Programming in Martin-Löf's Type Theory: An Introduction

An introduction to type theory as a theory for program construction. Describes different type theories (theories of types, polymorphic and monomorphic sets, and subsets) from a computing science perspective.

**Tag(s):**
Functional Programming

**Publication date**: 31 Dec 1990

**ISBN-10**:
n/a

**ISBN-13**:
n/a

**Paperback**:
211 pages

**Views**: 16,341

Programming in Martin-Löf's Type Theory: An Introduction

An introduction to type theory as a theory for program construction. Describes different type theories (theories of types, polymorphic and monomorphic sets, and subsets) from a computing science perspective.

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Book Excerpts:

Several formalisms for program construction have been introduced. One such formalism is the type theory developed by Per Martin-Löf. It is well suited as a theory for program construction since it is possible to express both specifications and programs within the same formalism. Furthermore, the proof rules can be used to derive a correct program from a specification as well as to verify that a given program has a certain property. This book contains an introduction to type theory as a theory for program construction.

As a programming language, type theory is similar to typed functional languages such as Hope and ML, but a major difference is that the evaluation of a well-typed program always terminates. In type theory it is also possible to write specifications of programming tasks as well as to develop provably correct programs. Type theory is therefore more than a programming language and it should not be compared with programming languages, but with formalized programming logics such as LCF and PL/CV.

One of the main differences between the type theory presentation in this book and the one in Per Martin-Löf's Constructive Mathematics and Computer Programming is that this book uses a uniform notation for expressions. Per Martin-Löf has formulated a theory of mathematical expressions in general, which is presented in chapter 3. This book describes how arbitrary mathematical expressions are formed and introduces an equality between expressions. This book also shows how defined constants can be introduced as abbreviations of more complicated expressions.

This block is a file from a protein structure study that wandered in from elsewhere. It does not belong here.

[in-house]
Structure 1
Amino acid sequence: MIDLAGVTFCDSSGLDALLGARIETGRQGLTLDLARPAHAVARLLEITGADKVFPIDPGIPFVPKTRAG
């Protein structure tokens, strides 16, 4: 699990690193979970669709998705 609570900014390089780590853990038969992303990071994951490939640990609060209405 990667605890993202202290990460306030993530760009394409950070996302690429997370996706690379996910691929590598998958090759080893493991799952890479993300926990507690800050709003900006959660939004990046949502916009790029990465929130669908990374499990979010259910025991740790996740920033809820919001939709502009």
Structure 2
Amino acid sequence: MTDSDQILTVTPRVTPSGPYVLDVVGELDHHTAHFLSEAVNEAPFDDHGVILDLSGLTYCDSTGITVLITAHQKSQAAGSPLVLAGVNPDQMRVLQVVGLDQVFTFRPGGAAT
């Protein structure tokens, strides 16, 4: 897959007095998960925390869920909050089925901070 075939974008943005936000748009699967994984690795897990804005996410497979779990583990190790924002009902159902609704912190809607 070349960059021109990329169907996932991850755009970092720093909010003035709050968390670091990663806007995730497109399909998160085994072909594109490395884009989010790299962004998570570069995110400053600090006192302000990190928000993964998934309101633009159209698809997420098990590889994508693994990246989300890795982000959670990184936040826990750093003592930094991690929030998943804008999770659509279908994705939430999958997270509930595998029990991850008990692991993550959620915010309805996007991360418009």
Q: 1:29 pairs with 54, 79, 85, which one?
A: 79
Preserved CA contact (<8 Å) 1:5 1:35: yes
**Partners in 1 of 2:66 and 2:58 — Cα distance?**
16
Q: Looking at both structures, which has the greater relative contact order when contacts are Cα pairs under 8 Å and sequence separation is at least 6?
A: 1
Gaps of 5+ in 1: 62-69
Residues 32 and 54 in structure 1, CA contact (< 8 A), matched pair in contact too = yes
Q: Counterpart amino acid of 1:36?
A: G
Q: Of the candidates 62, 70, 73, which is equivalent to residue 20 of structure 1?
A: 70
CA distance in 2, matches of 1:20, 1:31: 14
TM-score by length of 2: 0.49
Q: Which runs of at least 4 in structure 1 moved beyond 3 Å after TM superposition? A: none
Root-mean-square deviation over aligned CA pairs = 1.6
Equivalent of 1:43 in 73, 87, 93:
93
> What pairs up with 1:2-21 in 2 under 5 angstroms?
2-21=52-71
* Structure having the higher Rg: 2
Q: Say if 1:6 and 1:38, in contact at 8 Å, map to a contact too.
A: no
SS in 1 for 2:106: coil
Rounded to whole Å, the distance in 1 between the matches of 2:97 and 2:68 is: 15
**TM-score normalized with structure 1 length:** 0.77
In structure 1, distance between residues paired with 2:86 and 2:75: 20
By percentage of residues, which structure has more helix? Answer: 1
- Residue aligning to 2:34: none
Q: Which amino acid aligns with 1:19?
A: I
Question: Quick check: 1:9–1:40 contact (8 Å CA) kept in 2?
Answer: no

Intended Audience:

This book is intended for researchers and graduate students with an interest in the foundations of computing science, and it is mathematically self-contained.

Bengt Nordström wrote:This book was published by Oxford University Press in 1990. It is now out of print. This version is available from www.cs.chalmers.se/Cs/Research/Logic .

Book Excerpts:

Several formalisms for program construction have been introduced. One such formalism is the type theory developed by Per Martin-Löf. It is well suited as a theory for program construction since it is possible to express both specifications and programs within the same formalism. Furthermore, the proof rules can be used to derive a correct program from a specification as well as to verify that a given program has a certain property. This book contains an introduction to type theory as a theory for program construction.

As a programming language, type theory is similar to typed functional languages such as Hope and ML, but a major difference is that the evaluation of a well-typed program always terminates. In type theory it is also possible to write specifications of programming tasks as well as to develop provably correct programs. Type theory is therefore more than a programming language and it should not be compared with programming languages, but with formalized programming logics such as LCF and PL/CV.

One of the main differences between the type theory presentation in this book and the one in Per Martin-Löf's Constructive Mathematics and Computer Programming is that this book uses a uniform notation for expressions. Per Martin-Löf has formulated a theory of mathematical expressions in general, which is presented in chapter 3. This book describes how arbitrary mathematical expressions are formed and introduces an equality between expressions. This book also shows how defined constants can be introduced as abbreviations of more complicated expressions.

Intended Audience:

This book is intended for researchers and graduate students with an interest in the foundations of computing science, and it is mathematically self-contained.

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